Monthly Archives: August 2012
I recently read Richard Hil’s Whackademia: An Insider’s Account of the Troubled University (Sydney: University of New South Wales Press-NewSouth Books, 2012), which I found both deeply satisfying and deeply distressing. Deeply satisfying, because it became clear that the sorts of follies and tribulations to which we, at my own institution, have been subject are widespread: most, if not indeed all, academics in Australia appear to suffer from them. Deeply distressing, for exactly the same reasons — because it became clear that the sorts of follies and tribulations to which we, at my own institution, have been subject are widespread: most, if not indeed all, academics in Australia appear to suffer from them . . .
I fear that, unfortunately, Hil is preaching to the choir: the academics who read his book will probably mostly agree with it, while the administrators and managers of universities, who are those responsible for bringing about what can only be described as a culture of crisis and despondency among academics, will ignore or dismiss the book as the tirade of yet another of those fractious stick-in-the-mud academics who resist innovation and progress.
The effect of this neat rhetorical trick of defining oneself beforehand as innovative and progressive is that any criticism or restiveness aimed at the “innovations” and “progress” introduced by managers and administrators must be, by definition, ipso facto, conservative and regressive, obstinately impeding the inevitable trajectory and triumph of “innovation” and “progress.”
What is much more rarely considered by the administrative bloc of a university is whether indeed the introduction of new policies, systems and the like are in fact innovative and progressive. In my experience, university management is usually at least 5 years, and possibly much, much more than that, behind developments in the world of business and industry; as a consequence many of these “innovations” and new policies and practices are themselves already obsolete, or in the process of becoming so.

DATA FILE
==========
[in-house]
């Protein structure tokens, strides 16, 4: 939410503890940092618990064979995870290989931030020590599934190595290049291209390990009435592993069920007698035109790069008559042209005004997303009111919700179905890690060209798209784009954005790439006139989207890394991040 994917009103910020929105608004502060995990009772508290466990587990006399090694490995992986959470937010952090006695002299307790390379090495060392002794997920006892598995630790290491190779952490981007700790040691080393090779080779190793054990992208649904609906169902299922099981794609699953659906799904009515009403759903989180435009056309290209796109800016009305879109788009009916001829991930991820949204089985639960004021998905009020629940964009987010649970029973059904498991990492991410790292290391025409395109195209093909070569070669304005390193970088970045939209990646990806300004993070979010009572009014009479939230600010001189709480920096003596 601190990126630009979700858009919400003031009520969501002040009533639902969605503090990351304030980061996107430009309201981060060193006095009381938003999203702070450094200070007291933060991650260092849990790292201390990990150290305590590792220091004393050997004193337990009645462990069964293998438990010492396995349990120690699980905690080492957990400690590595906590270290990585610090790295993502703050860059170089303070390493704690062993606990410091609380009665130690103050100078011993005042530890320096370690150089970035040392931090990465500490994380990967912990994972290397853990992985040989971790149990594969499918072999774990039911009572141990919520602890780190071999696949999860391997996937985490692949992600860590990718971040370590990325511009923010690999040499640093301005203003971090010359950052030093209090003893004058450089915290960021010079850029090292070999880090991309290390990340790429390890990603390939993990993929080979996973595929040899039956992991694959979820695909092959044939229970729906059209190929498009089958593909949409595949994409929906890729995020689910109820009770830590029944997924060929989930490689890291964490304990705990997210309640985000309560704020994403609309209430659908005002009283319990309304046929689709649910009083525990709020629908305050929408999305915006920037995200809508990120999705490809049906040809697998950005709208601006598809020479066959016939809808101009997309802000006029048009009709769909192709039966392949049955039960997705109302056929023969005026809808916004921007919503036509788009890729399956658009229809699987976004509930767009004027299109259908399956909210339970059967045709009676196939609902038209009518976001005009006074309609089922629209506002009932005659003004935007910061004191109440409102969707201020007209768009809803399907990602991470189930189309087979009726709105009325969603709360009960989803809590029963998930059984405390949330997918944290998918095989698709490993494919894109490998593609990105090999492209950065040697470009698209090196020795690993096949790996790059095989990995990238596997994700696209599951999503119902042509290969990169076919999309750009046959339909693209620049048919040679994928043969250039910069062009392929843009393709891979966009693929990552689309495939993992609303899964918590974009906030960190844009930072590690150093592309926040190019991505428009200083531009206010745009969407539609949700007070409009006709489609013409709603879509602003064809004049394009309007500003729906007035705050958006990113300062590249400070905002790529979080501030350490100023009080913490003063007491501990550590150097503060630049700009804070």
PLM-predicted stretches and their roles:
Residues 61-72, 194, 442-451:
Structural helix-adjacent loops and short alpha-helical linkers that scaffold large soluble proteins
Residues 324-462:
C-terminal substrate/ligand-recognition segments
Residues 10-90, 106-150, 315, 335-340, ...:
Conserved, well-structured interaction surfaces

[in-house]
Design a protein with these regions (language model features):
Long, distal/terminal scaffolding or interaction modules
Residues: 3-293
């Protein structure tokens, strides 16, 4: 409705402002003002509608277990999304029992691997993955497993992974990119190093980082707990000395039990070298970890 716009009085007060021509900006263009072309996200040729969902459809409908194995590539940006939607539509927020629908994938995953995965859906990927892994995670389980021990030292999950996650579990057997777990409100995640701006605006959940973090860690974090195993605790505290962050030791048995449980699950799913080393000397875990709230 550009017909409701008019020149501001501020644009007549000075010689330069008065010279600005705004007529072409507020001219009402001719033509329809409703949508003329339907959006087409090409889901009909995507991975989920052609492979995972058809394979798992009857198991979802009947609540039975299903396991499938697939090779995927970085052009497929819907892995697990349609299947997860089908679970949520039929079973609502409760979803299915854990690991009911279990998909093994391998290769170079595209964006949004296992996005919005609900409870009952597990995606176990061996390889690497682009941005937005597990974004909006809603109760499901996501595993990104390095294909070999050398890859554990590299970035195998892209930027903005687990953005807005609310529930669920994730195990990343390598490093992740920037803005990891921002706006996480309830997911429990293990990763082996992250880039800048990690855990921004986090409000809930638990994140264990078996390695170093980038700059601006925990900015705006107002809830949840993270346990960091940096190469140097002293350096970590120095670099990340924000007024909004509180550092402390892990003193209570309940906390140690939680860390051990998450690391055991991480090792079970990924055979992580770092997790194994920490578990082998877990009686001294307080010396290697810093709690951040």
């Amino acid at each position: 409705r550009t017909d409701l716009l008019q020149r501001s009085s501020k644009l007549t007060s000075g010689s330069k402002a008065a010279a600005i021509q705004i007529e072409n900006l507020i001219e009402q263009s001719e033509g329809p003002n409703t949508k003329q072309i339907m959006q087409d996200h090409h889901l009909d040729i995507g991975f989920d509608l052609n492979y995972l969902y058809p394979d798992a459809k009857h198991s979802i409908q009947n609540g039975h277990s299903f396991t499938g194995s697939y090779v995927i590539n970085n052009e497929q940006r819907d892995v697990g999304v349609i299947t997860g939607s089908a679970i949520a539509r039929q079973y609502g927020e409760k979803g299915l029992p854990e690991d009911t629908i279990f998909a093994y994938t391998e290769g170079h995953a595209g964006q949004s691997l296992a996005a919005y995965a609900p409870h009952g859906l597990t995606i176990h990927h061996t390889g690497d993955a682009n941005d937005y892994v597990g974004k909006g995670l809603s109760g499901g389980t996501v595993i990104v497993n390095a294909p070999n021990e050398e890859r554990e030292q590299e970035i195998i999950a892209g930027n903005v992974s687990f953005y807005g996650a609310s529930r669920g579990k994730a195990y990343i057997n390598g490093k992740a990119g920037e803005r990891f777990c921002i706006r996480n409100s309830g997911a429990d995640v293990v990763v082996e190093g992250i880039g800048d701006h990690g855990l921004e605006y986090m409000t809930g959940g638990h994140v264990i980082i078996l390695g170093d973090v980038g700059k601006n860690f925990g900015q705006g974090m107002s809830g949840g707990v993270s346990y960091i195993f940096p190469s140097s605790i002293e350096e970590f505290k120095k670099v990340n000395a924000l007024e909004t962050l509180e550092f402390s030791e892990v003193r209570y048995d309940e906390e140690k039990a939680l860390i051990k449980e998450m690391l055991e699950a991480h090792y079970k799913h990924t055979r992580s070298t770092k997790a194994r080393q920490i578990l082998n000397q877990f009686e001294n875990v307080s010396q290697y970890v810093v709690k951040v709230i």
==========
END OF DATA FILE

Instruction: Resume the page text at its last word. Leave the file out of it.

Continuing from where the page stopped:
There is also the very pertinent question of how administrators and managers came to drive pedagogy and research. In Australia the rot set in, as Hil observes, with the Dawkins reforms of education in the late 1980s. While of course it is both clear and true that higher education is costly, by tying education to principles of profit as viability, rather than to other, pedagogical principles, those reforms set the stage for the take-over of universities by those for whom the horizon consisted (and consists) only or chiefly of the profit margin. Hence the constant pressure to renovate and “innovate,” in order to appeal as an up-to-date, cool and with-it institution to the young people, now defined as “customers” or consumers.
Thus, the university as alma mater (nurturing mother) is transformed into the institution as alma meretrix (supporting whore), required to paint her face with “rejuvenating” cosmetics, force her body into irrelevant and not always becoming costumes, and offer her wares on the street both domestically and internationally. In another age, the profit derived from this would have been described as “immoral earnings”; but today it is vaunted as “good business.”
Chris Lorenz observes, in an excellent article (“If You’re So Smart, Why Aren’t You under Surveillance? Universities, Neoliberalism, and New Public Management,” Critical Inquiry 38 (2012): 599-629):